For spring, The Elder Statesman creative director Bailey Hunter looked to 101 Unuseless Japanese Inventions: The Art of Chindōgu, a 1995 book by the Japanese inventor Kenji Kawakami. Though humorous, Kawakami’s creations, like the shoe-brella or a portable cube of “instant personal space” (both featured in the brand’s lookbook), were rooted in an anti-consumerist feeling. It may seem an antithetical inspiration for a luxury knitwear line, but only until you think about The Elder Statesman’s considered approach to mindful production. “Everything we create theoretically should be able to be around forever,” founder Greg Chait said at a showroom appointment in SoHo.
“This whole concept is just kind of about imagination,” Hunter explained while walking through the collection. “Being able to be free to make things that actually serve a purpose—no matter how ridiculous.” That’s not to say that the spring collection consists of impractical attire, but there is a sense of playfulness and anarchy in the clothes that feel very much in sync with the chindōgu spirit. This was most evident in a brown cashmere sweater embellished with a moth motif made from hand-crocheted, deadstock yarn. “I’m really obsessed with this idea of moths because they are cashmere’s worst enemy, so I just put it on the entire sweater,” she said. Crochet figures heavily in the collection, like on a spaghetti strap striped jumpsuit in shades of berry and yellow worn over a navy crochet tube top; on a cool maxi length skirt with a contrasting elastic waistband that gave the appearance of being tie-dyed; and on a slouchy cardigan and matching knee-length skirt in brown with red details and appliquéd flowers.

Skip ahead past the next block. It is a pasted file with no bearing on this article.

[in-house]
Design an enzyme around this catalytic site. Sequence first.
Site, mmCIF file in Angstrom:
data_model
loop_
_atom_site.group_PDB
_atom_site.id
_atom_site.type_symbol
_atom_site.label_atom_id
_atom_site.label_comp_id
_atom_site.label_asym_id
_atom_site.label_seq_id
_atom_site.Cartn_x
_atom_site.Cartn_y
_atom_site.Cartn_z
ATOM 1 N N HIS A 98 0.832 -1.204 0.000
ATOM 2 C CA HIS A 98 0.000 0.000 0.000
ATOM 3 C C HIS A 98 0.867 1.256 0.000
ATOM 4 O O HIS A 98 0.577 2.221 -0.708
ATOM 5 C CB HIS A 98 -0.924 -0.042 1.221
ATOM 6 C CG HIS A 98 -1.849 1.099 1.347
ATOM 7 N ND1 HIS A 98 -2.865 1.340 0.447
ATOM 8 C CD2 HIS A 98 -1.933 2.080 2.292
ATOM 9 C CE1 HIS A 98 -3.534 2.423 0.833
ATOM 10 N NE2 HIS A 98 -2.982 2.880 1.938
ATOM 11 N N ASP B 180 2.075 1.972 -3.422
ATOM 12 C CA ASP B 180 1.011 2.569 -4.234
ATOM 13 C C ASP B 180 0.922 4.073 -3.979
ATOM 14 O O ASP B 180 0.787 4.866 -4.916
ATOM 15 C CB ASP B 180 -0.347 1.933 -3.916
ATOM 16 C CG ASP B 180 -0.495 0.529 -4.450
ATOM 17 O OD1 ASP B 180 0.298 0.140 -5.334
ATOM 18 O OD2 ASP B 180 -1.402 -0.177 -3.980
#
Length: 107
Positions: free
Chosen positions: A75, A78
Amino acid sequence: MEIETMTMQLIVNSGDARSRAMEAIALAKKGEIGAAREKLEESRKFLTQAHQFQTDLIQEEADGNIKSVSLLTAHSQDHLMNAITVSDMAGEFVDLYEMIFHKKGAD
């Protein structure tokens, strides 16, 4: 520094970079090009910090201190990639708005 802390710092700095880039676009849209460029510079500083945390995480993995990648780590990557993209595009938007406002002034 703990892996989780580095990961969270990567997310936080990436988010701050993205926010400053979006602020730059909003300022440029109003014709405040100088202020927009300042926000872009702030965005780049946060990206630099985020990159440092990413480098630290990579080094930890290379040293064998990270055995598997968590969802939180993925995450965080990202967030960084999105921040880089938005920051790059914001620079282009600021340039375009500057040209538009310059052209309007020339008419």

A pullover intarsia sweater features a bright print of comic book panels, a collaboration with the French comic artist Baptiste Virot, but its playfulness belies the technical wizardry it took to realize. “Usually they can’t do that many colors in an intarsia,” Hunter explained. “It’s too many [yarns] and it becomes really thick, but they mastered this one. I’m really proud of that.” A tan sweater is appliquéd with little stuffed sea creatures. Each piece is softer than the next.
Elsewhere there are basic silhouettes done in decidedly un-basic ways: a colorful sleeveless tank dress is made from deadstock yarn that was given to knitters with the freedom to order the colors as they wanted; a cashmere cardigan worn with matching trousers features contrast stitching details on the sides. Even velvet makes an appearance on an oversized button-down shirt, a bomber jacket, and extra large cargo pants, all in a shade of grass green or turqouise. It seems like it would be impossible to have a bad day while wearing The Elder Statesmen’s colorful knitwear. A good reason to keep these clothes around forever.